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John Hughes’ Uncle Buck is the sentient version of the Chicago he loves

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Watch This offers movie recommendations inspired by new releases or premieres. Since it’s Chicago Week here at The A.V. Club, we’re looking back on some essential Chicago movies, set (and often filmed) in the Windy City.

Uncle Buck (1989)

The greater Chicago area had few cinematic boosters more tireless than John Hughes. The city was the setting for nearly every youth-centric story he told, from the detention hall of The Breakfast Club to the suburban streets of Home Alone. But while the films often prominently feature Chicago landmarks or residences, Uncle Buck feels different. Not just because it’s the only film Hughes directed besides Planes, Trains, And Automobiles (which also starred his frequent collaborator John Candy) to follow a grown-up rather than kids—but because Candy’s character, Buck Russell, is the closest thing imaginable to a sentient embodiment of the Chicago the filmmaker loved.


The story of a slovenly layabout with a big heart who matures when he’s corralled into looking after his nieces and nephew for a week, Uncle Buck pulls the usual Hughes maneuver of taking the audience on a whistle-stop tour of Chicago locales, interspersed with the well-manicured lawns and giant houses that defined the surrounding areas for him. Hughes has a soft spot for the stability of the upper-middle-class suburban home, and it comes through in his choices of living situation for the Russell family, who are only a step down the economic ladder from Home Alone’s filthy rich McCallisters.

But Buck Russell is something different. Though uncouth, blunt, and more than a little rough around the edges, he’s such a charismatic force of warmth and joy that his infectious appeal becomes apparent to anyone who expends the effort to get to know him. That’s a character description, but it easily doubles as a romanticized view of the city that kept drawing Hughes back. (Ironic, considering Uncle Buck was originally set to be filmed in St. Louis, but switched back to Hughes’ hometown of choice after unusually warm Missouri weather forced producers to seek a more wintry climate.)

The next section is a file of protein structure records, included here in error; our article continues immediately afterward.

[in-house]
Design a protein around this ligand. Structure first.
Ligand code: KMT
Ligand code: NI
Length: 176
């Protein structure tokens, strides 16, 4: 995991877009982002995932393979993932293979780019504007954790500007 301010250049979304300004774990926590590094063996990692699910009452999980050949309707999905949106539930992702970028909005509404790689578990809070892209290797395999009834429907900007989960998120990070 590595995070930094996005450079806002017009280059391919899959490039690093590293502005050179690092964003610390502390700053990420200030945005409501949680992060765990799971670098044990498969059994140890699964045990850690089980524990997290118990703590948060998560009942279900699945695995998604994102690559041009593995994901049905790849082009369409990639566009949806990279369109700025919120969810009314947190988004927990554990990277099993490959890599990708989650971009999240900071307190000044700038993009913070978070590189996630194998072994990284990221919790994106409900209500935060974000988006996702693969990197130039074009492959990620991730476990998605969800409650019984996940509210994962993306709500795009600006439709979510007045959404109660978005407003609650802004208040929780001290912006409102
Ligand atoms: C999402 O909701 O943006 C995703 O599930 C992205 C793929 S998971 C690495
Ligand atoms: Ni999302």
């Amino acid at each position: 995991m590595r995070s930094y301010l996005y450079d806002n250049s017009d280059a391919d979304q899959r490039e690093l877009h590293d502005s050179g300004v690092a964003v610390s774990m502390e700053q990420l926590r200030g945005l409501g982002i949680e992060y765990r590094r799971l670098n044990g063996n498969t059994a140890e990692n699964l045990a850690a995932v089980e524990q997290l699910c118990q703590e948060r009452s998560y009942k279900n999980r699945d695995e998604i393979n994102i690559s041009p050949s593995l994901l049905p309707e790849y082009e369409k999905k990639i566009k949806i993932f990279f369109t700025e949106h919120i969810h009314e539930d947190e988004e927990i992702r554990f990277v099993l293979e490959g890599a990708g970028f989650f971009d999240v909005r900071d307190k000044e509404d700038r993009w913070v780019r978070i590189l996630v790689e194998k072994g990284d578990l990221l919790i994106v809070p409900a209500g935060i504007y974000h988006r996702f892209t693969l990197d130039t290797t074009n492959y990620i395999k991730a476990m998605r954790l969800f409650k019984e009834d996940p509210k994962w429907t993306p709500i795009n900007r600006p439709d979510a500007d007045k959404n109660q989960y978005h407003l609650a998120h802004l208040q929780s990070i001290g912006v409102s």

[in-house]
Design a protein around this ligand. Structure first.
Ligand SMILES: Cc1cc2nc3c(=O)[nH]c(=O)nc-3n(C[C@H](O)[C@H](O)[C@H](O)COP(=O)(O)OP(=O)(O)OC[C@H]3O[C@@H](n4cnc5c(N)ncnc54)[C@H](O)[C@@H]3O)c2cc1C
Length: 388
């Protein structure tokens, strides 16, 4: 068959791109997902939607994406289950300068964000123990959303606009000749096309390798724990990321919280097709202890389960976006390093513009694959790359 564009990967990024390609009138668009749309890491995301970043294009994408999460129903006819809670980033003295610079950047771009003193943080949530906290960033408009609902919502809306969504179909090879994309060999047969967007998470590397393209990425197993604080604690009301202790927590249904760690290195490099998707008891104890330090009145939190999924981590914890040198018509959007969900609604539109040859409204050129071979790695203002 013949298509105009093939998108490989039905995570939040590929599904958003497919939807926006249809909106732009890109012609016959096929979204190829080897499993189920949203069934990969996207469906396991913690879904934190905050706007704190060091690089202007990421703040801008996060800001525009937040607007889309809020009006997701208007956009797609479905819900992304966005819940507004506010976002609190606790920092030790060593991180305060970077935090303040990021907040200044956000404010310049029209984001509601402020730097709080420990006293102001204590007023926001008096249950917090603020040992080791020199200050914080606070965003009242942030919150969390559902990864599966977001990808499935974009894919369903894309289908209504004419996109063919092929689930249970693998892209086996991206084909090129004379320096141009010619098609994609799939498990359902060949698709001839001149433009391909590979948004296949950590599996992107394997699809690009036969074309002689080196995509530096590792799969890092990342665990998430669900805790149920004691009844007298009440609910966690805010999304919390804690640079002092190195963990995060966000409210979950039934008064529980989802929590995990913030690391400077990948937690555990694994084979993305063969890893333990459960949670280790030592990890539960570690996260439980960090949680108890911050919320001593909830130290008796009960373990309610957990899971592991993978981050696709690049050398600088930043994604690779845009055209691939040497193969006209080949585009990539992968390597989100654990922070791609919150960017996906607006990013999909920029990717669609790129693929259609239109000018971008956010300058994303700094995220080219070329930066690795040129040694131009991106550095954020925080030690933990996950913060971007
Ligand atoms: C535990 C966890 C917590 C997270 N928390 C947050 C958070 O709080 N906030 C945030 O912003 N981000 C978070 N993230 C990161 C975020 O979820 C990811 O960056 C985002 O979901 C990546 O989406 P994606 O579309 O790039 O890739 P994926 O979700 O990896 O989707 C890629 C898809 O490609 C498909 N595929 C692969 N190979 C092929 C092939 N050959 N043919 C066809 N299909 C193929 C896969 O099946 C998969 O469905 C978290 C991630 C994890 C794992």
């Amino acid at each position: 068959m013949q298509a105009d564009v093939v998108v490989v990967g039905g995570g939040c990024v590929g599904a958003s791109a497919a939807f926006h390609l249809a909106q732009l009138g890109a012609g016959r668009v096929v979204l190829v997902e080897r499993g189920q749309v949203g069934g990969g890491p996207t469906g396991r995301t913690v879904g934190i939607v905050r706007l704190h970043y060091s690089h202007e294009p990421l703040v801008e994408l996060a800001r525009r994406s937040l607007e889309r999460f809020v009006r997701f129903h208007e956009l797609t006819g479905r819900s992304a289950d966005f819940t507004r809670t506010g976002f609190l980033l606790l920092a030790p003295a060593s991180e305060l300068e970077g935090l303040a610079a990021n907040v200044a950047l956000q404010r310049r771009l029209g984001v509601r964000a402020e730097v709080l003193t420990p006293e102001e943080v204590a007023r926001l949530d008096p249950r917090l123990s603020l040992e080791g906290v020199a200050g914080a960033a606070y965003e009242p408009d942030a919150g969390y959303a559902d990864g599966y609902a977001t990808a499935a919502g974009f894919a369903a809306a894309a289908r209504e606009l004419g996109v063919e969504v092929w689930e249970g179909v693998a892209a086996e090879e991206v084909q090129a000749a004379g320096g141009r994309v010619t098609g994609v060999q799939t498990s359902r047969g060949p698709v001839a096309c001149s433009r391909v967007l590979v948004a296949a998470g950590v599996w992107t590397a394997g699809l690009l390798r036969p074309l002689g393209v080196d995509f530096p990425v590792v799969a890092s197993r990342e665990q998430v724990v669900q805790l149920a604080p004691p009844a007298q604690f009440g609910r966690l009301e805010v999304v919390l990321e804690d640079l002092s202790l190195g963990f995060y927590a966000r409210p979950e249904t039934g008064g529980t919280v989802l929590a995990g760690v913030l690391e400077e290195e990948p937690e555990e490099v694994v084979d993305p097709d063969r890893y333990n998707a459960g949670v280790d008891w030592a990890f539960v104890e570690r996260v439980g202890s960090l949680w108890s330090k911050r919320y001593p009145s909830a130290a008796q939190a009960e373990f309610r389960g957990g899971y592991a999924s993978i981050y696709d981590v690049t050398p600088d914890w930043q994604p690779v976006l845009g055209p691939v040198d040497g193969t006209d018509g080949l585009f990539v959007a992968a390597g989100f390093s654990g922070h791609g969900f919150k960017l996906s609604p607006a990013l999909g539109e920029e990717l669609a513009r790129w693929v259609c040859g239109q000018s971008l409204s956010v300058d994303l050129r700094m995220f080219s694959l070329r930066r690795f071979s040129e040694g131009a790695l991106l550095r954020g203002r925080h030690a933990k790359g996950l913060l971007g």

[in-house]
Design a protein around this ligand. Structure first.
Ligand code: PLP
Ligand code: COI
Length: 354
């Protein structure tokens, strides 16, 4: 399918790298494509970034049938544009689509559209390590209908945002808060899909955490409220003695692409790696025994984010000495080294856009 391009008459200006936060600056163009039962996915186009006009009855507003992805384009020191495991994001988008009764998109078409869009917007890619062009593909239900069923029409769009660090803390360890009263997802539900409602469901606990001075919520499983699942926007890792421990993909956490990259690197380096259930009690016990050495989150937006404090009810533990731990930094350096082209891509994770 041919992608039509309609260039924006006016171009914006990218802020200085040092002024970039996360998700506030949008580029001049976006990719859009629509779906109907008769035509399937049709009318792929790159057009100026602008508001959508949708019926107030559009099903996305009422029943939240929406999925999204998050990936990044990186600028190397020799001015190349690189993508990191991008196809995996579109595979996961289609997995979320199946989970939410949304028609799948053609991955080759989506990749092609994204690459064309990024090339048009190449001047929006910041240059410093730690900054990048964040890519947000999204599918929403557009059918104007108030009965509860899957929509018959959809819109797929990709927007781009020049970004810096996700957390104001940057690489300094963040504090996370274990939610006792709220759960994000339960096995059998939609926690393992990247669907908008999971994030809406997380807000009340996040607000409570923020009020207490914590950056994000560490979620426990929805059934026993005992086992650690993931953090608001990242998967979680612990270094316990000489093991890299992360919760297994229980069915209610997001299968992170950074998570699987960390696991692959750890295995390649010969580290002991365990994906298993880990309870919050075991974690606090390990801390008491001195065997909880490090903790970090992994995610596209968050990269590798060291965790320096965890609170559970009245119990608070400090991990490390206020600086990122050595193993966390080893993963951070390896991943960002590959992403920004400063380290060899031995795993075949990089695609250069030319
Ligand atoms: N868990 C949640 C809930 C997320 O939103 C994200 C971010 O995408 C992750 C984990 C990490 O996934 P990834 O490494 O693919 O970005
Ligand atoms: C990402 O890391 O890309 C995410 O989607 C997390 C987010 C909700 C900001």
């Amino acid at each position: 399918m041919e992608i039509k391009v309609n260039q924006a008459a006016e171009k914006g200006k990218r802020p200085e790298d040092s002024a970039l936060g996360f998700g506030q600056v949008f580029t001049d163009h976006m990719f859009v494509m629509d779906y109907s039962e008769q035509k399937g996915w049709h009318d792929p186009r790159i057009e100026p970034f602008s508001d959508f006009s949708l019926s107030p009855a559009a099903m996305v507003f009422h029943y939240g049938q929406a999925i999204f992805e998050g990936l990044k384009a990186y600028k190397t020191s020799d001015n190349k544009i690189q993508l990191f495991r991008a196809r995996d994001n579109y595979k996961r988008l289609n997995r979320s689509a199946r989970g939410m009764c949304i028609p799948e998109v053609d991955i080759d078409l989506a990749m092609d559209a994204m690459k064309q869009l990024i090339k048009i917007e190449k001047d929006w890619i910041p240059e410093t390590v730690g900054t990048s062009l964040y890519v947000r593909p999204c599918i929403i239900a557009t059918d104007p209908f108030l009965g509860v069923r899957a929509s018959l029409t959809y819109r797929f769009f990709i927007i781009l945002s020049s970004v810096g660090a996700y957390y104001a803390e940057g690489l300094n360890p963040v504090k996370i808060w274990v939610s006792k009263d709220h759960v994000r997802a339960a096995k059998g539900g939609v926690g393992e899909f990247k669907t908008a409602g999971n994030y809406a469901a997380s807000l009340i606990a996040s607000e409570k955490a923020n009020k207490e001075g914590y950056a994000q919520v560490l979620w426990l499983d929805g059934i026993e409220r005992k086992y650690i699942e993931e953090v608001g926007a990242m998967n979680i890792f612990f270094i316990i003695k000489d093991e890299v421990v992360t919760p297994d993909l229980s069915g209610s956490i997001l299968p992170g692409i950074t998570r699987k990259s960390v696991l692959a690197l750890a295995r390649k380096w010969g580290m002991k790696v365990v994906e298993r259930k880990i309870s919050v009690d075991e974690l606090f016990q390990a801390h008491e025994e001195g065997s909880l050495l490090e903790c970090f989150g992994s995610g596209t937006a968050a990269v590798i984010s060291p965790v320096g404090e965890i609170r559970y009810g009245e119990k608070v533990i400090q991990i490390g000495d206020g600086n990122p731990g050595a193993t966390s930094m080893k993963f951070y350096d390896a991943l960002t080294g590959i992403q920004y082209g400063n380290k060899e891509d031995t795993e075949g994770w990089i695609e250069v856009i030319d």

The movie is a feature-length love letter to Candy, the over-the-top but immensely likable comic actor who anchors the narrative. And its laughs hold up, in large part because Hughes doesn’t hold back from coarseness in the dialogue, placing the film in an interesting middle ground between the darker territory of his teenage movies and the candy-coated gloss of Home Alone. (The kids, played by Macaulay Culkin and future Transparent star Gaby Hoffman, say “shit” and “goddammit” with zest.) The story gets dark at times, as a creepy boyfriend of the teenage niece needs to be restrained, albeit with humorous brutality. But Candy sells the good-natured heart of Uncle Buck, which is ultimately a story about how family responsibility can bring out the best in us. It can join a schlubby bum who lives across the street from Wrigley Field with a well-heeled, upper-crust-aspiring family, enriching the lives on both sides of that equation. And that was Hughes’ Chicago: a place of big personalities, marked by flaws, but large enough to encompass all kinds with equal hospitality. Uncle Buck gave the director the opportunity to film that story, and John Candy brought him the soul.

Availability: Uncle Buck is available on Blu-ray and DVD from Netflix or possibly your local video store/library. It can also be rented or purchased through the major digital services.